Indexes are a common way to enhance database performance. An index allows the database server to find and retrieve specific rows much faster than it could do without an index. But indexes also add overhead to the database system as a whole, so they should be used sensibly.
The classical example for the need of an index is if there is a table similar to this:
CREATE TABLE test1 ( id integer, content varchar );
and the application requires a lot of queries of the form
SELECT content FROM test1 WHERE id = constant;
Ordinarily, the system would have to scan the entire test1 table row by row to find all matching entries. If there are a lot of rows in test1 and only a few rows (possibly zero or one) returned by the query, then this is clearly an inefficient method. If the system were instructed to maintain an index on the id column, then it could use a more efficient method for locating matching rows. For instance, it might only have to walk a few levels deep into a search tree.
A similar approach is used in most books of non-fiction: Terms and concepts that are frequently looked up by readers are collected in an alphabetic index at the end of the book. The interested reader can scan the index relatively quickly and flip to the appropriate page, and would not have to read the entire book to find the interesting location. As it is the task of the author to anticipate the items that the readers are most likely to look up, it is the task of the database programmer to foresee which indexes would be of advantage.
The following command would be used to create the index on the id column, as discussed:
CREATE INDEX test1_id_index ON test1 (id);
The name test1_id_index can be chosen freely, but you should pick something that enables you to remember later what the index was for.
To remove an index, use the DROP INDEX command. Indexes can be added to and removed from tables at any time.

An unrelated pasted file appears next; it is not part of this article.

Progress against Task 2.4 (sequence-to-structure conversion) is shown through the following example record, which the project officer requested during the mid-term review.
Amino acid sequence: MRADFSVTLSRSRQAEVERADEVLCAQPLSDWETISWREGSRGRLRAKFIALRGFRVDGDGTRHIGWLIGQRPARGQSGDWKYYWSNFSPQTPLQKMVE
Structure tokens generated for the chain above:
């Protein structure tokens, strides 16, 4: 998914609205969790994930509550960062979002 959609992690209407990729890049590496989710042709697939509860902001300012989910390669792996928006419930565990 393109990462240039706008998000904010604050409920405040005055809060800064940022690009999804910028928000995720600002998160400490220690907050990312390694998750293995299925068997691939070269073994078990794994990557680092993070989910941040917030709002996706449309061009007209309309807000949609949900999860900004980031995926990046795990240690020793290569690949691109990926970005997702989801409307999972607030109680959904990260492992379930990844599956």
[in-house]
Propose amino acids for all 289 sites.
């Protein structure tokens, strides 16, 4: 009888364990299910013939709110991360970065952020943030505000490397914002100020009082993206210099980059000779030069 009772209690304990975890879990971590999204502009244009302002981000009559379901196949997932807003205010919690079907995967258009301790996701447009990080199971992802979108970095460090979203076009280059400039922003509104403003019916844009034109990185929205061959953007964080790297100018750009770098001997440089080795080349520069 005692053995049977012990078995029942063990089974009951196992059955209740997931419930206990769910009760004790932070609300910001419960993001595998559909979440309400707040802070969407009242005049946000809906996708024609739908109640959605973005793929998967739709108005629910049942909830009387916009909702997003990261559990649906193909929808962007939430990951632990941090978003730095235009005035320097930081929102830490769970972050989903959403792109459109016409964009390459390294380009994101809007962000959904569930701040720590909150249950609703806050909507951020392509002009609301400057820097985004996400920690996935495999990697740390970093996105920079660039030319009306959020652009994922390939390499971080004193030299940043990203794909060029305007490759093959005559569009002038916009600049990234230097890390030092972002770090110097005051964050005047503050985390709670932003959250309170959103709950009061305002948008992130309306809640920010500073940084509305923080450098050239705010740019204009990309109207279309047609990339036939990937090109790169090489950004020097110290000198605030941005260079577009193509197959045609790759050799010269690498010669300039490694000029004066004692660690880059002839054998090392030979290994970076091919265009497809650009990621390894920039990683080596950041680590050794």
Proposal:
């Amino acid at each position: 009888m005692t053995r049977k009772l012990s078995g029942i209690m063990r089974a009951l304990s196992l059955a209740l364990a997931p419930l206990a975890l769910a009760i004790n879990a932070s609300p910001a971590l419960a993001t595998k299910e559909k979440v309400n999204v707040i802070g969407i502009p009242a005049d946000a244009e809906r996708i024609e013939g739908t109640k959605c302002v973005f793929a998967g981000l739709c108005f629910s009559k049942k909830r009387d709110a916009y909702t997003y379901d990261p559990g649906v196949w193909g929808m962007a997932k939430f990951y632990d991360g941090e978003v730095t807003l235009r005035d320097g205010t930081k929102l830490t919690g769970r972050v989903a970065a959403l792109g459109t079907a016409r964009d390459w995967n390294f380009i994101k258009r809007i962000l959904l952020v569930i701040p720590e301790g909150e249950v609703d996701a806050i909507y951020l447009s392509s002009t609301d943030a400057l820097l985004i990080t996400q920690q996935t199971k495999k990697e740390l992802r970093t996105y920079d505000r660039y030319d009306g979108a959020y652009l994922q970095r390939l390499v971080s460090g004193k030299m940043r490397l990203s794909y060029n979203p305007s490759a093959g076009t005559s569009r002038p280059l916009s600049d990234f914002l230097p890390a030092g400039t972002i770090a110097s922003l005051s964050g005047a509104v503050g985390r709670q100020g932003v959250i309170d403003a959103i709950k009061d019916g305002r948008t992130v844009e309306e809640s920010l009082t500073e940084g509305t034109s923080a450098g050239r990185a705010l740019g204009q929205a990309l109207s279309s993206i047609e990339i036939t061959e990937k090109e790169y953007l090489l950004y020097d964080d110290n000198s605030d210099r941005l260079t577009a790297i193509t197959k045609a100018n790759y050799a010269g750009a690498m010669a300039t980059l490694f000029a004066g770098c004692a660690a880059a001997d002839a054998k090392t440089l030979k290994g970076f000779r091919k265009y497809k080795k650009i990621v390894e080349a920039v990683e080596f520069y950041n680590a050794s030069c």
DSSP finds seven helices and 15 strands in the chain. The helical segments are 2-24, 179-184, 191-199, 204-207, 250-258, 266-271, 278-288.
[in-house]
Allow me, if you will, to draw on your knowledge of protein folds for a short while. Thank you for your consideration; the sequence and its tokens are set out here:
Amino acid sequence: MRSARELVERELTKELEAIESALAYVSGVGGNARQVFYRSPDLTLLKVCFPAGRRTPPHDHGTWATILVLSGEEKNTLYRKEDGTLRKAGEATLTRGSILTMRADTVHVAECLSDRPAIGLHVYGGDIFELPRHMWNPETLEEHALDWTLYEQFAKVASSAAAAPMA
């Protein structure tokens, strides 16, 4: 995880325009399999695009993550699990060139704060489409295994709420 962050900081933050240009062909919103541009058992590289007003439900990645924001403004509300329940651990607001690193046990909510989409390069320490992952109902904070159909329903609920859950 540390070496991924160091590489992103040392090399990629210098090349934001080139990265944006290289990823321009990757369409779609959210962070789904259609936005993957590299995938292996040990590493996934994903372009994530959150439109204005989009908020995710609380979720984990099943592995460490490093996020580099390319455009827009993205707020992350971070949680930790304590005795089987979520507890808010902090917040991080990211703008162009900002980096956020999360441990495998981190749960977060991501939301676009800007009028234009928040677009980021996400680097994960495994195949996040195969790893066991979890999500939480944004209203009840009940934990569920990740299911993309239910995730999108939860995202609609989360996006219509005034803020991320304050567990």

Once the index is created, no further intervention is required: the system will use the index when it thinks it would be more efficient than a sequential table scan. But you may have to run the ANALYZE command regularly to update statistics to allow the query planner to make educated decisions. Also read Chapter 11 for information about how to find out whether an index is used and when and why the planner may choose to not use an index.
Indexes can benefit UPDATEs and DELETEs with search conditions. Indexes can also be used in join queries. Thus, an index defined on a column that is part of a join condition can significantly speed up queries with joins.
When an index is created, the system has to keep it synchronized with the table. This adds overhead to data manipulation operations. Therefore indexes that are non-essential or do not get used at all should be removed. Note that a query or data manipulation command can use at most one index per table.
Note that you create index on column, the index by default won't be used if the column is used in funtion. Eg.
CREATE INDEX abc ON table1(columnA);
EXPLAIN * FROM table1 WHERE upper(columnA)='ABC';
-->gives sequential scan
Noted in pg 7.1.3